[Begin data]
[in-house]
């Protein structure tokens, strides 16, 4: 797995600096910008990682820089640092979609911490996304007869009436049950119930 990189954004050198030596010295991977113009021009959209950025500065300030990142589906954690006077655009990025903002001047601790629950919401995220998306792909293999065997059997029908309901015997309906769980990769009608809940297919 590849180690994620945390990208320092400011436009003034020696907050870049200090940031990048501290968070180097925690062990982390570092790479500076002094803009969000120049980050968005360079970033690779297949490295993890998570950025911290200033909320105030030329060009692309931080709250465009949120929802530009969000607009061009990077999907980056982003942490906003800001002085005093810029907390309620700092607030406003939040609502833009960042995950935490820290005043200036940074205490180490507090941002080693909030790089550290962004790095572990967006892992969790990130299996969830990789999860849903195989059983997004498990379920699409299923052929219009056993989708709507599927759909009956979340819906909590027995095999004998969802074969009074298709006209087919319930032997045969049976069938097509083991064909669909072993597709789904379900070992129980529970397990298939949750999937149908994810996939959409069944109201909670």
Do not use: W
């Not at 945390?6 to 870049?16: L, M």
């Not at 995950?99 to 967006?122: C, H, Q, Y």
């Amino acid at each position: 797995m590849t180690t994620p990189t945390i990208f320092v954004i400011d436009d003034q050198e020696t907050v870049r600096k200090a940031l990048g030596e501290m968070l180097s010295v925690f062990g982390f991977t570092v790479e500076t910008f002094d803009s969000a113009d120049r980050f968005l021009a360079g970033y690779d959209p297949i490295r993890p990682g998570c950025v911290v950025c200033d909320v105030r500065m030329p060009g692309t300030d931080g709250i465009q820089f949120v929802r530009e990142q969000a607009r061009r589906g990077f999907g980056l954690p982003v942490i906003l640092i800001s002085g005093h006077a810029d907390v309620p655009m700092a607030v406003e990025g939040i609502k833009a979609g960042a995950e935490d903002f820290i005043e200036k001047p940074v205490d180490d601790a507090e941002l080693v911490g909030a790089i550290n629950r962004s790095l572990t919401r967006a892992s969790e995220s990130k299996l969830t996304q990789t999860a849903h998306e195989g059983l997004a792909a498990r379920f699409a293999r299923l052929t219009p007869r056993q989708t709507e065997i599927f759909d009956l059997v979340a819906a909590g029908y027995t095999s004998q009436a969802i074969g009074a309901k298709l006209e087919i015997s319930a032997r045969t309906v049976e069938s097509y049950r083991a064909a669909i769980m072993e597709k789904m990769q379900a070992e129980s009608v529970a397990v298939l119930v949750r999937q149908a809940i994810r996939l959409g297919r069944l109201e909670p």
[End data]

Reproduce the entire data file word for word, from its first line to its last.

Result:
[in-house]
């Protein structure tokens, strides 16, 4: 797995600096910008990682820089640092979609911490996304007869009436049950119930 990189954004050198030596010295991977113009021009959209950025500065300030990142589906954690006077655009990025903002001047601790629950919401995220998306792909293999065997059997029908309901015997309906769980990769009608809940297919 590849180690994620945390990208320092400011436009003034020696907050870049200090940031990048501290968070180097925690062990982390570092790479500076002094803009969000120049980050968005360079970033690779297949490295993890998570950025911290200033909320105030030329060009692309931080709250465009949120929802530009969000607009061009990077999907980056982003942490906003800001002085005093810029907390309620700092607030406003939040609502833009960042995950935490820290005043200036940074205490180490507090941002080693909030790089550290962004790095572990967006892992969790990130299996969830990789999860849903195989059983997004498990379920699409299923052929219009056993989708709507599927759909009956979340819906909590027995095999004998969802074969009074298709006209087919319930032997045969049976069938097509083991064909669909072993597709789904379900070992129980529970397990298939949750999937149908994810996939959409069944109201909670």
Do not use: W
């Not at 945390?6 to 870049?16: L, M």
């Not at 995950?99 to 967006?122: C, H, Q, Y």
């Amino acid at each position: 797995m590849t180690t994620p990189t945390i990208f320092v954004i400011d436009d003034q050198e020696t907050v870049r600096k200090a940031l990048g030596e501290m968070l180097s010295v925690f062990g982390f991977t570092v790479e500076t910008f002094d803009s969000a113009d120049r980050f968005l021009a360079g970033y690779d959209p297949i490295r993890p990682g998570c950025v911290v950025c200033d909320v105030r500065m030329p060009g692309t300030d931080g709250i465009q820089f949120v929802r530009e990142q969000a607009r061009r589906g990077f999907g980056l954690p982003v942490i906003l640092i800001s002085g005093h006077a810029d907390v309620p655009m700092a607030v406003e990025g939040i609502k833009a979609g960042a995950e935490d903002f820290i005043e200036k001047p940074v205490d180490d601790a507090e941002l080693v911490g909030a790089i550290n629950r962004s790095l572990t919401r967006a892992s969790e995220s990130k299996l969830t996304q990789t999860a849903h998306e195989g059983l997004a792909a498990r379920f699409a293999r299923l052929t219009p007869r056993q989708t709507e065997i599927f759909d009956l059997v979340a819906a909590g029908y027995t095999s004998q009436a969802i074969g009074a309901k298709l006209e087919i015997s319930a032997r045969t309906v049976e069938s097509y049950r083991a064909a669909i769980m072993e597709k789904m990769q379900a070992e129980s009608v529970a397990v298939l119930v949750r999937q149908a809940i994810r996939l959409g297919r069944l109201e909670p």